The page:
Posts Tagged ‘Muammar Gaddafi’

There is something very, very important to understand about the terrorist attack in Manchester on Monday night.
And it is something that virtually all mainstream media outlets have failed to – or will continue to deliberately avoid – talking about. Because they don’t want their average audiences – and the general public – to have any sense of context, perspective or history.

At this time when people are very emotional, when there are armed soldiers being deployed into public places, and when mainstream radio super-bitches (someone called Katie Hopkins) literally called for “a final solution” to the ‘Muslim problem’, it is hugely important to have a true perspective about what happened in Manchester.

The game right now is to have us all in fixed paradigms and tensions that are binary and emotional. Part of that controlled perspective is to divorce current events from their real context and to divorce cause and effect from each other.

They don’t want you thinking critically or logically – but to instead be stuck in the vicious cycle of anxiety, insecurity, and anger.

There is a mainstream context to all of this: which, basically, centers on the problem of radicalisation and an extreme version of Islam.

And then there’s a different context to all of this – which I will try to comprehensively lay out in this article in a way that makes things very clear. (more…)

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He walked up to the podium to address the UN General Assembly.
All eyes in the chamber were on the strange, eccentric figure, whose invitation to New York had been the subject of great controversy and coverage. Staring out at all the delegations of world government, he acted out ripping up the UN Charter, calling it “worthless”.

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It is difficult to look at the situation in Aleppo and not see it in a broader context. Not only of Syria, but of Libya, the past several years, and of the entire region. And of international affairs in general.

We probably shouldn’t; we should probably view different situations entirely in their own light. But I can’t help but look at Aleppo – both the fall of Aleppo to rebel militias and foreign-backed mercenaries and now the liberation or reclamation of Aleppo by Syrian government forces – and see it as a point on a timeline that goes all the way back to Benghazi, Tripoli, Sirte and elsewhere. (more…)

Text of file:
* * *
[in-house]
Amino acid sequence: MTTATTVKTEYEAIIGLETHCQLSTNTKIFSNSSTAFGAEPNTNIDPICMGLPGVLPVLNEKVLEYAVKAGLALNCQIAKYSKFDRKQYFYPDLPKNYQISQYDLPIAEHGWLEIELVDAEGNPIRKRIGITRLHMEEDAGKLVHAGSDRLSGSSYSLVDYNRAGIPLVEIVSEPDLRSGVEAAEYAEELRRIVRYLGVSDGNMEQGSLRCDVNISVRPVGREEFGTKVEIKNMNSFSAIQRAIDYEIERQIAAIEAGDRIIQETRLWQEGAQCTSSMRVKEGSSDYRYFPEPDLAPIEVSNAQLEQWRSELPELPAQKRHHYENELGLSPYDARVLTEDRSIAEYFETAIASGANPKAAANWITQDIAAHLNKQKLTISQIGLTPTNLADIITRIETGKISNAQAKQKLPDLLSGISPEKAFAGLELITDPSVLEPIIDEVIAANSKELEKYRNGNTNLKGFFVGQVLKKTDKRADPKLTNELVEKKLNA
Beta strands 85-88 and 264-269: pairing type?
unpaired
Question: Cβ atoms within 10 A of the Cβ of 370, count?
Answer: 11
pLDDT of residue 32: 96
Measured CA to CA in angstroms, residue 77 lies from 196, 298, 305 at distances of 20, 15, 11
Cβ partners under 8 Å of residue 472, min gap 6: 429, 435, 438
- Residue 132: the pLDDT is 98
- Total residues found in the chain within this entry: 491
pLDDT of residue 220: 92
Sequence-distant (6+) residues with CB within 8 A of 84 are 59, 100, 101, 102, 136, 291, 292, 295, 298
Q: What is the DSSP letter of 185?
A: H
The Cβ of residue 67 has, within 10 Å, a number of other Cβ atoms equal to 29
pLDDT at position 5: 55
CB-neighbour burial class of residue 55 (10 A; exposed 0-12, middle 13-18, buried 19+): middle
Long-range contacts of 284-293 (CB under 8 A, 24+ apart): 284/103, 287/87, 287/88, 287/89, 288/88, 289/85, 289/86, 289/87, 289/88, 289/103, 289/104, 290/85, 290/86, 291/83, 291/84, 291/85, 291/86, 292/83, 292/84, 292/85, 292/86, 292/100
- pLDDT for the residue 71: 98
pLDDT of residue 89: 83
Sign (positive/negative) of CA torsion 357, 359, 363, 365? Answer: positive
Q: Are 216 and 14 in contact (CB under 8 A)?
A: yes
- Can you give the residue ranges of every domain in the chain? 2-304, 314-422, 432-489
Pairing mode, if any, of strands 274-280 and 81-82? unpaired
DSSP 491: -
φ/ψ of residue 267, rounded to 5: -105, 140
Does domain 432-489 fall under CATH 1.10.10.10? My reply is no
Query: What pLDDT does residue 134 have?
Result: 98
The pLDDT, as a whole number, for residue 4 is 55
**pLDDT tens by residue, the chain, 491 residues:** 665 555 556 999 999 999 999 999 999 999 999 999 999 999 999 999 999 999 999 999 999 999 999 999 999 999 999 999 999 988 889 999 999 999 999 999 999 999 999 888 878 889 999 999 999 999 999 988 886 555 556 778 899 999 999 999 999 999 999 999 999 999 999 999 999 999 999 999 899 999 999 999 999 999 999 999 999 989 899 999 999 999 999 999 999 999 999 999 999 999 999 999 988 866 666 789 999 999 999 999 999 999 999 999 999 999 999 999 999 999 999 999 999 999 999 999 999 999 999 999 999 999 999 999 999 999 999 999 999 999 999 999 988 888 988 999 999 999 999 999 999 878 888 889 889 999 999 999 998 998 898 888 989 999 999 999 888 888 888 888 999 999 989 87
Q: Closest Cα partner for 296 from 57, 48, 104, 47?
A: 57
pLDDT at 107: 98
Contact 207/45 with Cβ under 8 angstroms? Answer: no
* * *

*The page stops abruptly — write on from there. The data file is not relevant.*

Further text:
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As a few days ago marked the fifth anniversary of the murder of Muammar Gaddafi, I decided to mark it with a more low-key, fun-ish look back at Libya’s former national figurehead.

A more serious piece on the life and character of one of the most controversial world figures of the 20th century will follow in a few days, which I’d been working on for some time but hadn’t been able to finish in time. (more…)

libya-sirte-postgaddafi

If anyone’s getting bored of me talking about the Libya intervention in 2011, I apologise – and I probably won’t do it again after this.

But I just need to clear something up once and for all; because people keep arguing with me about this. (more…)

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Following in the wake of the Chilcot Report into the Iraq War, British MPs have issued a substantial condemnation of David Cameron and Britain’s key role in the collapse of Libya.

It comes far too late; but it is nevertheless a significant moment and acknowledgement of the utter disaster that Britain played a substantial role in, even if France was the primary driver (of what I have called and will continue to call ‘the crime of the century’). (more…)

libya-sirte-postgaddafi

On October 19th 2011, a convoy of cars left the city of Sirte, carrying Libya’s beleaguered figurehead Muammar Gaddafi.
On October 21st, an American/CIA drone (being operated from Las Vegas) spots the convoy and alerts NATO bombers, which immediately begin bombing the vehicles.

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The recent bombing of select ISIL positions in the former nation once known as Libya may be a precursor to a much larger operation.

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Russian officials have warned that a new ‘world war’ is in danger of being set off in Syria, partly in response to the actions and maneuvers of Turkey and Saudi Arabia in recent weeks. But if World War III is an imminent possibility, why? And why would it not be stopped?

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